You can use {{t-check}} for dubious translations, if that's what you mean. Andrew Sheedy (talk) 04:38, 21 September 2021 (UTC)[]
This question is for words whose existence (e.g. spelling) is doubted, or, if I am disruptively minded, merely seem not to meet the CFI. I had a separate issue with translations that are SoP (such as literal 'female horse' for 'mare'), but the solution there is to enclose the parts in double square brackets. That then provides links to the constituent parts. --RichardW57m (talk) 08:35, 21 September 2021 (UTC)[]
It sounds to me like {{t-check}} would suit your purposes here. It flags a translation for review (putting it into a maintenance category). Andrew Sheedy (talk) 02:16, 22 September 2021 (UTC)[]
That feels more like an invitation to an edit war. One's best hope of a review log is the change comments. --RichardW57 (talk) 07:22, 22 September 2021 (UTC)[]

Tagalog "kumain ng kanin"Edit

A course I am taking online to learn the Tagalog language (which has said a few things apparently wrong or dubious before, according to some Filipino friends) said that "kumain ng kanin", which literally means "to eat rice", also is used as an idiom, to mean "to eat a meal [in general]"; the reasoning it gave was that rice is eaten with most or all meals in the Philippines. The claim was made by Pimsleur in 2010. Everyone I've known from the Philippines has said this is untrue and that the phrase is not used in this way.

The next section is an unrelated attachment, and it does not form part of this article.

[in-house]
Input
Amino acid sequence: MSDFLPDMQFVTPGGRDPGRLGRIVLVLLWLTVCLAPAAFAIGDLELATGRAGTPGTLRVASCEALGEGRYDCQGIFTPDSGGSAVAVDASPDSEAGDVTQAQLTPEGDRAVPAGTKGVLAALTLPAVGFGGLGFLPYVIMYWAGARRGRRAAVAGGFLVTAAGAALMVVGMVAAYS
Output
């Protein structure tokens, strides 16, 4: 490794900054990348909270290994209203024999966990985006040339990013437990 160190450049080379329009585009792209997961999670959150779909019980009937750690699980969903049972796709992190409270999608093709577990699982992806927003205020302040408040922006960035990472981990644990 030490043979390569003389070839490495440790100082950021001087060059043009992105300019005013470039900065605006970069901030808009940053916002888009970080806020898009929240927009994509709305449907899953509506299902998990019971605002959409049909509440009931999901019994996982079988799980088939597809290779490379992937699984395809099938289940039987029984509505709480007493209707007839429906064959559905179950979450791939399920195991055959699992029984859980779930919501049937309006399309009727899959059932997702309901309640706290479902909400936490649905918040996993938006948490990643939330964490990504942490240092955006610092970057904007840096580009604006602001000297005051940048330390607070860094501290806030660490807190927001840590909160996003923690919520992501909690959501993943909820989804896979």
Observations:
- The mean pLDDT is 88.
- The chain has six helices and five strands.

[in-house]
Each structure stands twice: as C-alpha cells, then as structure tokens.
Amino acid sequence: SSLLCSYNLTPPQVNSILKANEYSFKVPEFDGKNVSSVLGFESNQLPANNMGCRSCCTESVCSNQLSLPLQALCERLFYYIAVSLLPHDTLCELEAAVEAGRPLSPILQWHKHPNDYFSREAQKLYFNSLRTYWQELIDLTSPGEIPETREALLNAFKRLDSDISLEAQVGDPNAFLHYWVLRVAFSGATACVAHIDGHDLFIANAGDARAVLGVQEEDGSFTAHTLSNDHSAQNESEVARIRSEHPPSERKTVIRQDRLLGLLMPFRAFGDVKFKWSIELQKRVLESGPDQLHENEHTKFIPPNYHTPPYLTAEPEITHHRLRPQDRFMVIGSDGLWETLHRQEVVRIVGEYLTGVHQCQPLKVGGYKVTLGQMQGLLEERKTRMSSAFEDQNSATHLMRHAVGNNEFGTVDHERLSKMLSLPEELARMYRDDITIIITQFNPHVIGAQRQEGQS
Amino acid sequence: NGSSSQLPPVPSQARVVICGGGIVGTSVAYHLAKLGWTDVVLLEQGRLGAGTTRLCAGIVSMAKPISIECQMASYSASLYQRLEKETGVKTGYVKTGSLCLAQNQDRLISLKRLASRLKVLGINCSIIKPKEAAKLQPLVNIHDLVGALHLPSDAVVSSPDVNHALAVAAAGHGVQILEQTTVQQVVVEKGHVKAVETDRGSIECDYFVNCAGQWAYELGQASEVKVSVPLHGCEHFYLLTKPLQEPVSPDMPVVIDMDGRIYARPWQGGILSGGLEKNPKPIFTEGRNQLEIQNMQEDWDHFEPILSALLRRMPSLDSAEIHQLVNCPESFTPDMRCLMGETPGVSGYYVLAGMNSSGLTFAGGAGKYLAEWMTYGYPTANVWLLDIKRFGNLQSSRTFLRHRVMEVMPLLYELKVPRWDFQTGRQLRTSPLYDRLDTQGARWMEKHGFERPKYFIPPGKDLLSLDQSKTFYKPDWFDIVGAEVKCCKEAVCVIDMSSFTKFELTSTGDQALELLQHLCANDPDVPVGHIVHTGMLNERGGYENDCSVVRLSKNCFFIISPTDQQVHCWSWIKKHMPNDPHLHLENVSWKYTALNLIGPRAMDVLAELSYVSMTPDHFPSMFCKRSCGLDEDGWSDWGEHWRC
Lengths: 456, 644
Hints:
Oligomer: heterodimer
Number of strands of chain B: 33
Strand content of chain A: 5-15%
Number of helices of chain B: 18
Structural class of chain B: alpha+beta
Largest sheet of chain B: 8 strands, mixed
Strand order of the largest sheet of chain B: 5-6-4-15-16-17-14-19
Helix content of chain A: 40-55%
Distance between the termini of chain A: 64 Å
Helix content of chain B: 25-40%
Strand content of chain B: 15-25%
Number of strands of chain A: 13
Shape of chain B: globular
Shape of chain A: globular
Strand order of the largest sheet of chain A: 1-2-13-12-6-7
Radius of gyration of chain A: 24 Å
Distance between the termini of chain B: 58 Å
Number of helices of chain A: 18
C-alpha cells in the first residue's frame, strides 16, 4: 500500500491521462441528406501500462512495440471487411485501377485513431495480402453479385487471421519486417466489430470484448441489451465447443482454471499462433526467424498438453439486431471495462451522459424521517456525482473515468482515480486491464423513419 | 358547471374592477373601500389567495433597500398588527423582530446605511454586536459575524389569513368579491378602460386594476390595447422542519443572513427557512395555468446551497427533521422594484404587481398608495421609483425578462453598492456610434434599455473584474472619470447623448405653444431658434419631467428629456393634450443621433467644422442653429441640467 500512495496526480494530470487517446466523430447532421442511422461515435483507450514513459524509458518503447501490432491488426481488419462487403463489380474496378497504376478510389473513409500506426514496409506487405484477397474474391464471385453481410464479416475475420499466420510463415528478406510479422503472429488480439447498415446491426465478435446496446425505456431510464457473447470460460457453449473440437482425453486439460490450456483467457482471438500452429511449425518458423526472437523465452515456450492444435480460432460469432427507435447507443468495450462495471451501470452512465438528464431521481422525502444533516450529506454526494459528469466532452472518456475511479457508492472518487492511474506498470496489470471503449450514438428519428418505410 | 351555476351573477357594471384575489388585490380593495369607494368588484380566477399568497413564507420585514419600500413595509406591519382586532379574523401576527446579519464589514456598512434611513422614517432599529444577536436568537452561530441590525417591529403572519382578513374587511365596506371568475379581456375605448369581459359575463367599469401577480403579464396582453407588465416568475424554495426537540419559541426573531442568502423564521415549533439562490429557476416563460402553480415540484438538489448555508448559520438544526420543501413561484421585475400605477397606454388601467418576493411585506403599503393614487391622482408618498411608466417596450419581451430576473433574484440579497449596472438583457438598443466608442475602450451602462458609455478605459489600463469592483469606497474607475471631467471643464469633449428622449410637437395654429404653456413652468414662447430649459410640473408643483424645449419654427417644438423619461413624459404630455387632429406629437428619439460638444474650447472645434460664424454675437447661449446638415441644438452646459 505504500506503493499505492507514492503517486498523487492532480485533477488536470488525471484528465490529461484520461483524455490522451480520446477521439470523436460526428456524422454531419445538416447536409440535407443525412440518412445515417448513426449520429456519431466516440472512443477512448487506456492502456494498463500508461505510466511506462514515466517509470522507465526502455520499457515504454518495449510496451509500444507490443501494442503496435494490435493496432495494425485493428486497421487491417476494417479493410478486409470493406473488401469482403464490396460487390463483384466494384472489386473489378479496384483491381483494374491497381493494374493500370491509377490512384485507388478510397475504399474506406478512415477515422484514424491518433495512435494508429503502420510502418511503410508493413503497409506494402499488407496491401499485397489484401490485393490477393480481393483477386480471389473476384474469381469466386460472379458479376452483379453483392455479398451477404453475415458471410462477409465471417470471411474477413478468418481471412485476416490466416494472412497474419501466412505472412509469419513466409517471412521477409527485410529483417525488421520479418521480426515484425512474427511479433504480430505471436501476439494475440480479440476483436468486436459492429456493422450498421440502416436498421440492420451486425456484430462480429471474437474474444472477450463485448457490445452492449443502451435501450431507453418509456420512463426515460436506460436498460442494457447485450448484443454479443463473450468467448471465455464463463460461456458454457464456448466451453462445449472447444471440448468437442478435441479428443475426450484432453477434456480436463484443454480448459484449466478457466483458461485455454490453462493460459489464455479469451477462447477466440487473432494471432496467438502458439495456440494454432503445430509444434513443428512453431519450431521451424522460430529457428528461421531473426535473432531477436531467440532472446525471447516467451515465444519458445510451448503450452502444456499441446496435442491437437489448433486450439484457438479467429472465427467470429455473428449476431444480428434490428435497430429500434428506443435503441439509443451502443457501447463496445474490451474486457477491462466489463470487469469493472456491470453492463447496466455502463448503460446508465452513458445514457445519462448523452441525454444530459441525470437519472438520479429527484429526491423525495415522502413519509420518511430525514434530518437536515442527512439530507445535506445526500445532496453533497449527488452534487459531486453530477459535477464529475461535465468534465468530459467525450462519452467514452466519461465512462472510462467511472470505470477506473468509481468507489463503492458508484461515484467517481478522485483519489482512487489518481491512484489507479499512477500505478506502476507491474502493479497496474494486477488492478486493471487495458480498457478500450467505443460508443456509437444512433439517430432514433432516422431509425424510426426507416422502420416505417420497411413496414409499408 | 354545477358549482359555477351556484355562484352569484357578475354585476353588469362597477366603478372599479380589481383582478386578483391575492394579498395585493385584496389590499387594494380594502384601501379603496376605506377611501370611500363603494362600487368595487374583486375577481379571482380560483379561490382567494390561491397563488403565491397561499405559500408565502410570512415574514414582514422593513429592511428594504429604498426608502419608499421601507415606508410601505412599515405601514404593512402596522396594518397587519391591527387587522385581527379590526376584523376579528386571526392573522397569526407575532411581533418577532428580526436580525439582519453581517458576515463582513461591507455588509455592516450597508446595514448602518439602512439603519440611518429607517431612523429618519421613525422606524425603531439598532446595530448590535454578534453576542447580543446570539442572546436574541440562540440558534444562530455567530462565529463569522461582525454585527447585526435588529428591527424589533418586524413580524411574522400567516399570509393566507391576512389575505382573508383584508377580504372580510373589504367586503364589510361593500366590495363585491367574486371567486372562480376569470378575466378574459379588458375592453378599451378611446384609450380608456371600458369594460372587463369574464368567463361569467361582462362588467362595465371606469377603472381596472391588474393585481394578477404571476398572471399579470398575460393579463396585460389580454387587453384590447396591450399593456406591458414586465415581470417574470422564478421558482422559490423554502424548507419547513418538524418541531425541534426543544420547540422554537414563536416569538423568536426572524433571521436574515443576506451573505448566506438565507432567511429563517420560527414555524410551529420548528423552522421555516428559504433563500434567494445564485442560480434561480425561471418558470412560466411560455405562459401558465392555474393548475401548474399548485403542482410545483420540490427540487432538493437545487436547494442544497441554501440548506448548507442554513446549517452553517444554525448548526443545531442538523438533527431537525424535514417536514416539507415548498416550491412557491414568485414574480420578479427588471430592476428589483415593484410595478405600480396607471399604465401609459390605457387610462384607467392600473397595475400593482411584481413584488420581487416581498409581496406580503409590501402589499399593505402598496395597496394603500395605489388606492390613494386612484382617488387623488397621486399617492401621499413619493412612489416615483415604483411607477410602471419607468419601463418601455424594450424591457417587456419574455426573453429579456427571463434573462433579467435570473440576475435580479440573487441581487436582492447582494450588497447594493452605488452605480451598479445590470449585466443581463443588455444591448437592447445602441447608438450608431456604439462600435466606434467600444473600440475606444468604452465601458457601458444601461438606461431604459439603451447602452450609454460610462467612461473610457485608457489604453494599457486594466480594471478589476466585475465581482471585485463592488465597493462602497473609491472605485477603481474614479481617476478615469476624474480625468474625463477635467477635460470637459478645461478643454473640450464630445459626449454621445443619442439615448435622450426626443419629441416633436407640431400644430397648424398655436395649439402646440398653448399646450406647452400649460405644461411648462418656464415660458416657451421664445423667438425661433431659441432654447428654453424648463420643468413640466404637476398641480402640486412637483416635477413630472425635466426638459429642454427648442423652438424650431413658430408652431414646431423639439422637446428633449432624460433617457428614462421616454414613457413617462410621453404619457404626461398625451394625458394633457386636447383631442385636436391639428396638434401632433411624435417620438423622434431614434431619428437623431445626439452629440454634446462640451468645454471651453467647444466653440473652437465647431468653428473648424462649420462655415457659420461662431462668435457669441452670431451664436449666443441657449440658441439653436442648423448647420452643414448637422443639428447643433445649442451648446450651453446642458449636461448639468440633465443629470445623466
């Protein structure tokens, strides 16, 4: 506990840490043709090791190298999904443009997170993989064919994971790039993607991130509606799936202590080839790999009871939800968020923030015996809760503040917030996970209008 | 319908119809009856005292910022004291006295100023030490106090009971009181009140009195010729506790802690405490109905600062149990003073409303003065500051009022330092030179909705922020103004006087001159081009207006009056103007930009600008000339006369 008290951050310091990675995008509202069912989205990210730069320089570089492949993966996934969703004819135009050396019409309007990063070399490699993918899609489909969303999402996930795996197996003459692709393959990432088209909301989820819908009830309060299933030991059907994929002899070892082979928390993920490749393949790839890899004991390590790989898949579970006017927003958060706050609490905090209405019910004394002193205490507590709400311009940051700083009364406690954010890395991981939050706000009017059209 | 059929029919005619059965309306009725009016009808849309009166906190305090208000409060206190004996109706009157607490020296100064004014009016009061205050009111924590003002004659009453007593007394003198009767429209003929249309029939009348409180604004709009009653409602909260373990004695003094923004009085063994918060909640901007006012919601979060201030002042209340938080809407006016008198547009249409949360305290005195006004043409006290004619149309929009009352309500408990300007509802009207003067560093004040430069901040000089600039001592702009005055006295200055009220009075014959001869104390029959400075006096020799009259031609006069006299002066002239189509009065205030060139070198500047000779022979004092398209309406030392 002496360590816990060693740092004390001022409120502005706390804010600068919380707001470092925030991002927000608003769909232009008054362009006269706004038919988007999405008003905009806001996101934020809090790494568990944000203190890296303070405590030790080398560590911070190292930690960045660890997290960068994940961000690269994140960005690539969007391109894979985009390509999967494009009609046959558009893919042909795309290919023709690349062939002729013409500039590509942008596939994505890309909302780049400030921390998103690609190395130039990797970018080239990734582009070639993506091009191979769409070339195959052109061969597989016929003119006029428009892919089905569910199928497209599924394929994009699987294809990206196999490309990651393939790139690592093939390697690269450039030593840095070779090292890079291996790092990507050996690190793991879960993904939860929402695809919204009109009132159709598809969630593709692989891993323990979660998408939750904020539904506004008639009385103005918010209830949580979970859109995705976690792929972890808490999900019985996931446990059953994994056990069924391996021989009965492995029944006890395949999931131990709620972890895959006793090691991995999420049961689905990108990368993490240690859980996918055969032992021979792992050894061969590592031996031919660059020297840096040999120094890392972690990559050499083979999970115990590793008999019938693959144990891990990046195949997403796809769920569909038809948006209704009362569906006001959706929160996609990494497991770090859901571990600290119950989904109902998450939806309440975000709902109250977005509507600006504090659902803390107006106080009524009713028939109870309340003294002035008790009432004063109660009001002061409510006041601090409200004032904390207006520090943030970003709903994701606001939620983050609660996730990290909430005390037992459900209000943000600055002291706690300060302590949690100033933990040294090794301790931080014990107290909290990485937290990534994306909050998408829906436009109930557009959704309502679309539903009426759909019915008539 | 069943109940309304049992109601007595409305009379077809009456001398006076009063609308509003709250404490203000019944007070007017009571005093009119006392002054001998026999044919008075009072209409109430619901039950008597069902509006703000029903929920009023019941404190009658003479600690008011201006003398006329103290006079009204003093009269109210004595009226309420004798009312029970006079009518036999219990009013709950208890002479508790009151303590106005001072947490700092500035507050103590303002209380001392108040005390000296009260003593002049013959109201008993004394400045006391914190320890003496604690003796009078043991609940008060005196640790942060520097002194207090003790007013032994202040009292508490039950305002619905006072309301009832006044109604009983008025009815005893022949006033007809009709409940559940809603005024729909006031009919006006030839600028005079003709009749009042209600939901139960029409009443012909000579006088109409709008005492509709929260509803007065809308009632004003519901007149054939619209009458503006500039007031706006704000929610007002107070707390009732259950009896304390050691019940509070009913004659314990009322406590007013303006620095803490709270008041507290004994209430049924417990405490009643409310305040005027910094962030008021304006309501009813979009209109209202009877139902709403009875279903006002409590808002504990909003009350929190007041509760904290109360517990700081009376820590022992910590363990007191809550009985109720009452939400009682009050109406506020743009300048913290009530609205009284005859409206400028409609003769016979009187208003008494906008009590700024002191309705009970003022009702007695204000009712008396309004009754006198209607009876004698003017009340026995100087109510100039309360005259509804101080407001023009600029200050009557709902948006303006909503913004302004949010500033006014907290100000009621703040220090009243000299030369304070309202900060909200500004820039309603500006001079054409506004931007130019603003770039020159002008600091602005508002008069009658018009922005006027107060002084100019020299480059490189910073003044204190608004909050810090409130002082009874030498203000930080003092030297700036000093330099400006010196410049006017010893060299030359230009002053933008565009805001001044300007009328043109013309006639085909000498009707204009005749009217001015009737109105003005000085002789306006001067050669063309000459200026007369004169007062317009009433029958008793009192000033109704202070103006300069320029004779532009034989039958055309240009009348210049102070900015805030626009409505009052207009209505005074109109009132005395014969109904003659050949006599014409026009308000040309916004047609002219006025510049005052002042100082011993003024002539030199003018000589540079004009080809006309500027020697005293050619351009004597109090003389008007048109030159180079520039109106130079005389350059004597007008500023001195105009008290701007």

I wonder if Pimsleur has spread a bit of misinformation, or if there is some dialect of Tagalog which uses that phrase, and the lecturer was just told this by someone who speaks that rare dialect. Is this possible? If that were the case it would seem odd, since the lectures focus a lot on the city of Manila, which is where some of the Filipino people who doubted this were from. I see no evidence online that "kumain ng kanin" is used as an idiom from what I can gather, but this intrigues me so I had to ask. Pinging a few people who are active and speak Tagalog natively: @TagaSanPedroAko, Mar vin kaiser PseudoSkull (talk) 06:36, 21 September 2021 (UTC)[]